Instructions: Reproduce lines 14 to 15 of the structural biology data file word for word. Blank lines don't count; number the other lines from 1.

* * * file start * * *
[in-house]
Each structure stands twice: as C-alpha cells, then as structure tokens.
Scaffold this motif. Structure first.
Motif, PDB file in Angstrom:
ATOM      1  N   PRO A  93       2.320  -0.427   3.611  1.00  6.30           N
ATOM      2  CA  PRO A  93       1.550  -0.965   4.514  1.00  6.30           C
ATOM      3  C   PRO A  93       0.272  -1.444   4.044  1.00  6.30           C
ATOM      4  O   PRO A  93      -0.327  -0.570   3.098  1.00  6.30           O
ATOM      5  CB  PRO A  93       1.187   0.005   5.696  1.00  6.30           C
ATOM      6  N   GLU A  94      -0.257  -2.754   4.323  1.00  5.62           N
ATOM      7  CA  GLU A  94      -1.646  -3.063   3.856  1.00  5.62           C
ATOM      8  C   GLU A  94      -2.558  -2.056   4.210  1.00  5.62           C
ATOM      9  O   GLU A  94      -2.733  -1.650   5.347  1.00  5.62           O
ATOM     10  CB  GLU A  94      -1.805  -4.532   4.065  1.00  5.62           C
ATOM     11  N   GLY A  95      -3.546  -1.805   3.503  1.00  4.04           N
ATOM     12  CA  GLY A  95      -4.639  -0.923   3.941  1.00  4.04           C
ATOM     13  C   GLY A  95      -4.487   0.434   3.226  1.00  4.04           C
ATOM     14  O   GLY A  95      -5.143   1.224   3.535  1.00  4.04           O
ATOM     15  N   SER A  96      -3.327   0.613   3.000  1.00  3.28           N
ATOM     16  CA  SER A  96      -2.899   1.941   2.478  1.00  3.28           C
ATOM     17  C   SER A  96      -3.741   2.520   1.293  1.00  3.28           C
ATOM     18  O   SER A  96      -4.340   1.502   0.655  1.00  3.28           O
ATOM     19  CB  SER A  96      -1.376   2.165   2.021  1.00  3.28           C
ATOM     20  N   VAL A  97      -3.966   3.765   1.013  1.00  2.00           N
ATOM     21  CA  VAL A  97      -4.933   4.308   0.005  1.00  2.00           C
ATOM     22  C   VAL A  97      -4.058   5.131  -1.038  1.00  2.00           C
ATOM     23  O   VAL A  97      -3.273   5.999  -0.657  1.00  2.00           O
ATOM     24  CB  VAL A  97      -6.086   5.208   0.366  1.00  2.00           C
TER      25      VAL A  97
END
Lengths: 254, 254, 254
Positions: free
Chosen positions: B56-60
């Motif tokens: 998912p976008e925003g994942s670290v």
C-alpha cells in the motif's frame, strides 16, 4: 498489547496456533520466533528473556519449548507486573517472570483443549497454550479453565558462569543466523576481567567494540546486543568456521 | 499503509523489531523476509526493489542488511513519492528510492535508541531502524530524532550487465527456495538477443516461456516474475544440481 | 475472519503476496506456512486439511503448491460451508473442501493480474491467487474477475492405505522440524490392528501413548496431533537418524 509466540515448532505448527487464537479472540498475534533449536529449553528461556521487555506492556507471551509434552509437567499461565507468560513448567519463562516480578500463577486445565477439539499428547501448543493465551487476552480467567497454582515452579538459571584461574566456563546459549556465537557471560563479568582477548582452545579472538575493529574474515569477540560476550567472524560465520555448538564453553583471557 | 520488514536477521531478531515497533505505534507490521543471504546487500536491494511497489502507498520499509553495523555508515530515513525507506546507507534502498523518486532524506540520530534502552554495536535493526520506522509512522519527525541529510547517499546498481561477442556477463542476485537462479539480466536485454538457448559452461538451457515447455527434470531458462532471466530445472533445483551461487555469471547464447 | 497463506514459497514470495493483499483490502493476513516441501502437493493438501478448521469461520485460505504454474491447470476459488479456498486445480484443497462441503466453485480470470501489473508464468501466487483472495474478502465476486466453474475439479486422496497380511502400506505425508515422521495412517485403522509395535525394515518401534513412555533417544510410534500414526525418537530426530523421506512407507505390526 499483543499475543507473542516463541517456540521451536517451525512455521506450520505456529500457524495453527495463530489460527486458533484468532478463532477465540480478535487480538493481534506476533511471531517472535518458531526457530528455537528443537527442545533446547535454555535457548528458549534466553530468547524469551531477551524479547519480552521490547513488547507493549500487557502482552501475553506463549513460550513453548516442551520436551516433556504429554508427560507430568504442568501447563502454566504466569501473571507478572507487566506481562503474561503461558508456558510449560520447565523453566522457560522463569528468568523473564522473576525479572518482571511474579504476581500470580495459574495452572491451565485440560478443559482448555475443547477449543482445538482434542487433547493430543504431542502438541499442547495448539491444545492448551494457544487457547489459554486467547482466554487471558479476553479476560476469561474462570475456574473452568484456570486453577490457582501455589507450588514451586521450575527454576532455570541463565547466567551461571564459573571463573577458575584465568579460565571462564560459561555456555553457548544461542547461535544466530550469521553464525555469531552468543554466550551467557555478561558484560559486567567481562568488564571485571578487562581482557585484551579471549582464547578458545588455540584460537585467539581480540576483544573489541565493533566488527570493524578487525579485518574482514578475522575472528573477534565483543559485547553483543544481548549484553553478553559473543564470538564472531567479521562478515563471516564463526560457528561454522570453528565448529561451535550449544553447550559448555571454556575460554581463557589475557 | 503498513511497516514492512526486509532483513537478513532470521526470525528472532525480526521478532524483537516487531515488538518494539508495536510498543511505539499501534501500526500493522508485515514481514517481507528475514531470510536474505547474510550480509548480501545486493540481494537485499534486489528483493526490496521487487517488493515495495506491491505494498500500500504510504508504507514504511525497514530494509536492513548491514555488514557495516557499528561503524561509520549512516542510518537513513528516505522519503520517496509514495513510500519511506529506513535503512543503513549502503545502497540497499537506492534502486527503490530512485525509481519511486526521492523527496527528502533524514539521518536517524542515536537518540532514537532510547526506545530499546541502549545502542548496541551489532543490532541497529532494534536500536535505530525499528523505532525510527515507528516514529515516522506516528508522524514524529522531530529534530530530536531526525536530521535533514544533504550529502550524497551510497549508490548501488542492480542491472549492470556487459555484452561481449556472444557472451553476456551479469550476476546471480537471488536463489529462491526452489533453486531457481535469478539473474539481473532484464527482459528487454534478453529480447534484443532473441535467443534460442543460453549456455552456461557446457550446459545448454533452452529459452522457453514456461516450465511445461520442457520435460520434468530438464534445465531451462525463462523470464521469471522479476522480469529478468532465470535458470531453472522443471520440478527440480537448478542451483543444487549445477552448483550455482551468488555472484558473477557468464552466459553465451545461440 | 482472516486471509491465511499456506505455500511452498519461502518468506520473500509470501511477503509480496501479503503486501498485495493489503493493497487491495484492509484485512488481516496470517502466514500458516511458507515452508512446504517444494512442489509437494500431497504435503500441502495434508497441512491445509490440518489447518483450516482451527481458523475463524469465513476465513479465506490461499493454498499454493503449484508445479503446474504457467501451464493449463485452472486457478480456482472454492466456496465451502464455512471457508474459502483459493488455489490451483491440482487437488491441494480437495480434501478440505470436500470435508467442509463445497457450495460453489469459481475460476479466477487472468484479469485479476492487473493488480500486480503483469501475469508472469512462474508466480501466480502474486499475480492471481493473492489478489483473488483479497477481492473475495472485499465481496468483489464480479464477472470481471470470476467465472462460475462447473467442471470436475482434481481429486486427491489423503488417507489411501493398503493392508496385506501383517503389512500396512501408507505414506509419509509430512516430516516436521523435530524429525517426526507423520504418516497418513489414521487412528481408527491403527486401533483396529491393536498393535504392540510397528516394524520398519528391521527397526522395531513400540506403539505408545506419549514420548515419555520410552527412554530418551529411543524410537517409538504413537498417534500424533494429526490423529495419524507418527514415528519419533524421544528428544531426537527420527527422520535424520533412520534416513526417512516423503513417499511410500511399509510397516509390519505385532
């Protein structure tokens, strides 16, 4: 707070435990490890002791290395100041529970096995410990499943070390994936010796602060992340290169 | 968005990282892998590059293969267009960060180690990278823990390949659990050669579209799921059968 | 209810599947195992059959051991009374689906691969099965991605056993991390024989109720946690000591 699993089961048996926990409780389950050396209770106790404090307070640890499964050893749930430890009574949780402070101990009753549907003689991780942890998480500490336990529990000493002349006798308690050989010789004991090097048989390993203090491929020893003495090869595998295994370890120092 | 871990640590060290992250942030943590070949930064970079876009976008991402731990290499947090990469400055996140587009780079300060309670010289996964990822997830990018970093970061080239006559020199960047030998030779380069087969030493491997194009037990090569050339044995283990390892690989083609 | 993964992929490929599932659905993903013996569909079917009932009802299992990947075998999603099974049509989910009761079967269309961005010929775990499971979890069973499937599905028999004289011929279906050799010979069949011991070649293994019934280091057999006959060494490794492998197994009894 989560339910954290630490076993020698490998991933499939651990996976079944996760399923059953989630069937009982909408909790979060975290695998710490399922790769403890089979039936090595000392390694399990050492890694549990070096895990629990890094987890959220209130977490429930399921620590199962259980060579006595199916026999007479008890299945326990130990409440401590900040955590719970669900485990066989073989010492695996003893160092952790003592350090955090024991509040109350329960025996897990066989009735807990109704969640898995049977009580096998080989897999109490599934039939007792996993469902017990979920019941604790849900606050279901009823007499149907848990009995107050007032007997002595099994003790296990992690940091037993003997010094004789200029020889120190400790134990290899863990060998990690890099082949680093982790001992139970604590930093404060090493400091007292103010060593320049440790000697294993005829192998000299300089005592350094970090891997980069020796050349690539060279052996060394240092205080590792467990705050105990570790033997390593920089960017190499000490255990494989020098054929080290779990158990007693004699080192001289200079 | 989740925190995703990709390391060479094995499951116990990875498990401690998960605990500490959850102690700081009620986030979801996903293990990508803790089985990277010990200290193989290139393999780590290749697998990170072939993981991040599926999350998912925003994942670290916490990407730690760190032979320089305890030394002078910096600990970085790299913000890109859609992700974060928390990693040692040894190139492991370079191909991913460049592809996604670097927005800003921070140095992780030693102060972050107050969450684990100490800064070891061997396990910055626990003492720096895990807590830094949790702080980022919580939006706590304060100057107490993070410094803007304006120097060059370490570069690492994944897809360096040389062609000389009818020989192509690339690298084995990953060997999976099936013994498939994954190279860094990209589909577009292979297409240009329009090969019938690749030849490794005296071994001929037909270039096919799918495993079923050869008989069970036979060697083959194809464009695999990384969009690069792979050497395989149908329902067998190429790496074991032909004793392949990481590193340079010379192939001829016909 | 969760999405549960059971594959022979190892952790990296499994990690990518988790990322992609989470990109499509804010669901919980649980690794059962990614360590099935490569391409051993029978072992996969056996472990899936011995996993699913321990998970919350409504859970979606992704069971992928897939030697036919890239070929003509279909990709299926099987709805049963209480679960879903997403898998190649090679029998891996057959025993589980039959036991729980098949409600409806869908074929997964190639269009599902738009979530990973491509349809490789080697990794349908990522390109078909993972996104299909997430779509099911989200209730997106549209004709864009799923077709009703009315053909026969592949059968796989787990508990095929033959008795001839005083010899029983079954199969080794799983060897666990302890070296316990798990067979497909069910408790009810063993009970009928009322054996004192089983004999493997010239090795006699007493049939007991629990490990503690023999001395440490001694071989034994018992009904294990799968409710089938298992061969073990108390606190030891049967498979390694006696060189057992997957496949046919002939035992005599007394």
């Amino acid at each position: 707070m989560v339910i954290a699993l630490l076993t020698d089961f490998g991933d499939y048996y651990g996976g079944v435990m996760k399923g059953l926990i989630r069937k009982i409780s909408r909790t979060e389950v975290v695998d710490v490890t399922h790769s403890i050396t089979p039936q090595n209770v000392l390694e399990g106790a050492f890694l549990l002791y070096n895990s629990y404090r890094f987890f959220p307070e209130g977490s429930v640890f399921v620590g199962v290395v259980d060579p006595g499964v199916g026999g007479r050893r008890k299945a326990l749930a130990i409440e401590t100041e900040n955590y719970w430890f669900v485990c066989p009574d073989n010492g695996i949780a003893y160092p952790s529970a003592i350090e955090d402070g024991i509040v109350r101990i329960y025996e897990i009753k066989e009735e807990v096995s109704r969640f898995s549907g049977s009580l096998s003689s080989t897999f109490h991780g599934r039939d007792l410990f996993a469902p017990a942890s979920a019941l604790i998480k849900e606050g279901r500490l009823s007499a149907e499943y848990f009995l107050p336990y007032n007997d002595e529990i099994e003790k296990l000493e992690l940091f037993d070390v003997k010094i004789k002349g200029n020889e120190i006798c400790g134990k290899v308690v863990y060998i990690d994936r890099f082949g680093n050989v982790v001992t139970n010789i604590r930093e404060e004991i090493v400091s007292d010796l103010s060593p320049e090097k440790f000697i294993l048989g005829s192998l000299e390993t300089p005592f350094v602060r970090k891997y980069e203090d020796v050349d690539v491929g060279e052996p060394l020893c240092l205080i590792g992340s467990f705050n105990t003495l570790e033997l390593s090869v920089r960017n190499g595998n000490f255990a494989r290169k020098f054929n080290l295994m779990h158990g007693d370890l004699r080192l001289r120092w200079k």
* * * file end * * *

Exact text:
ATOM     10  CB  GLU A  94      -1.805  -4.532   4.065  1.00  5.62           C
ATOM     11  N   GLY A  95      -3.546  -1.805   3.503  1.00  4.04           N